Mental health threatened by continuous drive to 'raise standards'

Written by: Phil Denton | Published:
Absolutely spot on. I often ask children in Year 5 if they're looking forward to being in Year 6 ...

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Everyone, quite rightly, is talking about the importance of student and staff mental health – but our drive to continually raise academic standards is putting good mental health in danger, says Phil Denton

In a recent tweet I saw education secretary Nicky Morgan raising the issue of poor mental health among our children. As a teacher and a school leader, I echo the concerns and applaud all efforts to raise awareness of this growing issue.
However, I fear that many of the actions of political leaders in our education system could be adding to mental health problems – if not helping to cause them in the first place.

In my own family, this issue has been brought to bear as I came home one evening to hear that my son had become very upset during his weekly spelling test. These tests, while not being new, are now more challenging for students – in line with the “raising standards” agenda.

My wife shared with me two other stories of children becoming anxious and upset about these tests. I should add at this point that my son is five-years-old.

The pace at which these more challenging tests have been implemented has side-effects. Not least, I believe, this will have a significant impact upon the wellbeing of students who cannot keep up with the relentless pace.

Put yourself in the position of a five-year-old who is struggling to keep in line with “raised standards” and faces a seemingly infinite educational game of catch-up. Add to this the reduction in subjects that students may have previously found success in because schools need to or are forced to invest more time and effort in subjects that are considered academically rigorous and which are counted as more important.

Without any signs of the situation getting better, are we not building up to a mental health disaster within our schools?

As a participant on the Future Leaders programme, I subscribe to the notion that schools should be vehicles for positive change for students and communities. We should not have a country where a child’s circumstances at birth should dictate their entire lives. We should be raising expectations for our youngsters and we should be giving them the hope of a bright future.

However, we must also remember the child in all of this. The child, whether they be five or 15, should be our sole concern and not the possible negative impact that they may have on whole-school outcomes.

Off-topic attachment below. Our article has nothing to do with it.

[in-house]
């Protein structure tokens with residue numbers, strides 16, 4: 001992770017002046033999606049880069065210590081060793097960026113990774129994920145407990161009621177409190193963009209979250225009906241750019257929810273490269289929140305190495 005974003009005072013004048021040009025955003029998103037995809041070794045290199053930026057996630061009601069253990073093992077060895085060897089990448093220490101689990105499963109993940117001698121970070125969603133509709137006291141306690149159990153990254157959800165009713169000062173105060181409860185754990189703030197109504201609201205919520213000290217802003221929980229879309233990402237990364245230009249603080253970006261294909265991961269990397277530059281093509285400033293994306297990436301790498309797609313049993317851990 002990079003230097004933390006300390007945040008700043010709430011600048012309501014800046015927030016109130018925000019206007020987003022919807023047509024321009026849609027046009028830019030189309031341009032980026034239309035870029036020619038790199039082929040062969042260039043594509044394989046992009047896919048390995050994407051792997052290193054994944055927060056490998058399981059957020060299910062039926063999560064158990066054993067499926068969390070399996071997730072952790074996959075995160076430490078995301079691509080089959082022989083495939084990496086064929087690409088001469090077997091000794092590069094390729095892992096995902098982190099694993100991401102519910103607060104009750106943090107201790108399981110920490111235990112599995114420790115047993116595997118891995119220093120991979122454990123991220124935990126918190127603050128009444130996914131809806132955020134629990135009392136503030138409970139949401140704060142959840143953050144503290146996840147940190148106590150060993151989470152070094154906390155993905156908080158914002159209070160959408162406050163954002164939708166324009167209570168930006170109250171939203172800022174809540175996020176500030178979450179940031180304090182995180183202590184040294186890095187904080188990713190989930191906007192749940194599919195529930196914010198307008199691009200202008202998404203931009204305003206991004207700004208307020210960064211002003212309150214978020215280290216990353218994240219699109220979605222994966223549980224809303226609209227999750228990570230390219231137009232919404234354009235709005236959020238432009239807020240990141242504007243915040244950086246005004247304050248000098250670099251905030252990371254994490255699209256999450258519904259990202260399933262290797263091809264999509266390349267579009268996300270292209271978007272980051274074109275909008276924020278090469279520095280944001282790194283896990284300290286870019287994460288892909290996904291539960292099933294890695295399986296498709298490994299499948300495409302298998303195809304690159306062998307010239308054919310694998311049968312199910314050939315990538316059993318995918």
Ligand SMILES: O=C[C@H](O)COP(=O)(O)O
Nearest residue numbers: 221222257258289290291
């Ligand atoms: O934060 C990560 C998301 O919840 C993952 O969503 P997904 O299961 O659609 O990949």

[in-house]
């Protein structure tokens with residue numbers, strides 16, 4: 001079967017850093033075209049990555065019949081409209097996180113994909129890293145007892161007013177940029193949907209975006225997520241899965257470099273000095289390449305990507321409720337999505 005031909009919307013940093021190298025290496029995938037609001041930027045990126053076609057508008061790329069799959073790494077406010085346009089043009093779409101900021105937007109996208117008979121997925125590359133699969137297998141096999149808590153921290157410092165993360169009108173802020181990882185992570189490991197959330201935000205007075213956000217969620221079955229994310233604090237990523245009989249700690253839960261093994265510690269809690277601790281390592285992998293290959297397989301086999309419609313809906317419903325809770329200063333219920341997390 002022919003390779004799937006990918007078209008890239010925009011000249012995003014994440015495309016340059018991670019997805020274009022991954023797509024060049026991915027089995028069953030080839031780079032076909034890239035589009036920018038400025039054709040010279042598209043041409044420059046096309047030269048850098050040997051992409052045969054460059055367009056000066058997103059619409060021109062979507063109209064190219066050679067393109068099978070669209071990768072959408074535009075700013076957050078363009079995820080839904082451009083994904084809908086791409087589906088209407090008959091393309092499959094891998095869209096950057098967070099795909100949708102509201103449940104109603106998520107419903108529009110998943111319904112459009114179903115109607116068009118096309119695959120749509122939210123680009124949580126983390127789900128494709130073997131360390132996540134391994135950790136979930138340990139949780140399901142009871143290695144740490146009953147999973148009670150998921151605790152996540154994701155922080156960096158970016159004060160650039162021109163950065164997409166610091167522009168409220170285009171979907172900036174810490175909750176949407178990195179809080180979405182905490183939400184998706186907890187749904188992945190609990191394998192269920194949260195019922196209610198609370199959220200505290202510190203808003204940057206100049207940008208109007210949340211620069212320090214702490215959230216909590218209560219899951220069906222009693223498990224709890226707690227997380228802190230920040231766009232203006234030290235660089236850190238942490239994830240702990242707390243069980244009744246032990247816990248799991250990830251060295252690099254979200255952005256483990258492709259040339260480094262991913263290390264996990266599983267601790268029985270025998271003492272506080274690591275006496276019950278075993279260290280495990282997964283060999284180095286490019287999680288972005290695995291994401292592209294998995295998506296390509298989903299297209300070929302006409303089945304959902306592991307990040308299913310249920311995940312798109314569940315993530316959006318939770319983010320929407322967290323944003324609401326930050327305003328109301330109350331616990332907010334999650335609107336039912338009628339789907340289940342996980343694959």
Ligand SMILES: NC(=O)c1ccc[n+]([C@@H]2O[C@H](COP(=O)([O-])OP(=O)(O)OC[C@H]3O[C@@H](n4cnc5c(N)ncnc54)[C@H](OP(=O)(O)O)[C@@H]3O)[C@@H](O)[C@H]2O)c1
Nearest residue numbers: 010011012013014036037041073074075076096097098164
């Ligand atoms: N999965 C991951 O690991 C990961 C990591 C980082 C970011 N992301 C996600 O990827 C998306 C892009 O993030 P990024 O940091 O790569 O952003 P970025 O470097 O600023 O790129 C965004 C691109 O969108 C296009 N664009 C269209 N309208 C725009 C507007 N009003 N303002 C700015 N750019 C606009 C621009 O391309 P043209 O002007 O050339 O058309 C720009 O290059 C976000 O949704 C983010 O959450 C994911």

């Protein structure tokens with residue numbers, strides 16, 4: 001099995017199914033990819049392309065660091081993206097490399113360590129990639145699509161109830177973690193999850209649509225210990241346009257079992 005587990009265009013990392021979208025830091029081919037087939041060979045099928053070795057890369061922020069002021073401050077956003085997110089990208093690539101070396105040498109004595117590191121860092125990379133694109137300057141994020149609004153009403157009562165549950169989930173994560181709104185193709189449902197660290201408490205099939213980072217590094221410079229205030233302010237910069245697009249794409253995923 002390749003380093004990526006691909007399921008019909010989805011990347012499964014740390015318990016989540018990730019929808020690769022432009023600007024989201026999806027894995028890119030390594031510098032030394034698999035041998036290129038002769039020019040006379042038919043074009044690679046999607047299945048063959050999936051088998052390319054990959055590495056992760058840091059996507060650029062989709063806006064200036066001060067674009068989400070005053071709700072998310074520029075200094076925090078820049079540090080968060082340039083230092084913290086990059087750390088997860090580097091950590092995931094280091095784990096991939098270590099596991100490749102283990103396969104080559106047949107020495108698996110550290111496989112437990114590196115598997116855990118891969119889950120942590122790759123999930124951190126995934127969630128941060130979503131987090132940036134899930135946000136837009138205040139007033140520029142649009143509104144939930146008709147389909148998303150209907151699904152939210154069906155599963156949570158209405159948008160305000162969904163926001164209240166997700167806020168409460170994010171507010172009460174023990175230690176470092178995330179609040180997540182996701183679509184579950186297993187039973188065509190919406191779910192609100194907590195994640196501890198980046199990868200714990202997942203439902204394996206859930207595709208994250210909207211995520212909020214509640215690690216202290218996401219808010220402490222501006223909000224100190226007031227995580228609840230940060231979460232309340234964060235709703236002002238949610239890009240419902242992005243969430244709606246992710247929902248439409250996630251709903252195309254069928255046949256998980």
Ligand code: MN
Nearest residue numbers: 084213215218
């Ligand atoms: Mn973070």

I feel very lucky to work in a school where I believe the balance is right. At St Edmund Arrowsmith, the curriculum offers five distinctive pathways that are open to all students. These pathways offer combinations of academic and vocational courses. In addition, beyond the classroom, the school is true to its Catholic values and what always impresses me is the individual knowledge staff have of each and every student. This, to be fair, is also the case at my son’s school where the individual care he gets is heart-warming and tremendously beneficial.

However, I am fully aware that this is not the case in every school, particularly schools where short-term fixes are brought in by short-term leaders. The cost of this is often in the limited choices that students have and the opportunities they are losing for a holistic education.

I do not blame schools that have to refine the totality of the education they offer, they are simply responding to the latest government directives and trying to keep their heads above the choppy waters. Tight budgets do not help either.
It is at times like these that we need brave leaders who are willing to do what is right for the students we serve. We need the expertise from great organisations, such as the mental health charity Place2Be and others – they need to be supported and funded in order to give our students support where it is needed.

We also need to look after our staff to ensure that their mental health is in order so that they can be in a position to support the daily mental health of students in the classroom.

Absolutely spot on. I often ask children in Year 5 if they're looking forward to being in Year 6 next year. Invariably no, they are stressed, worried and scared. Of what, I ask? Failing. They're 9 and 10 years old.
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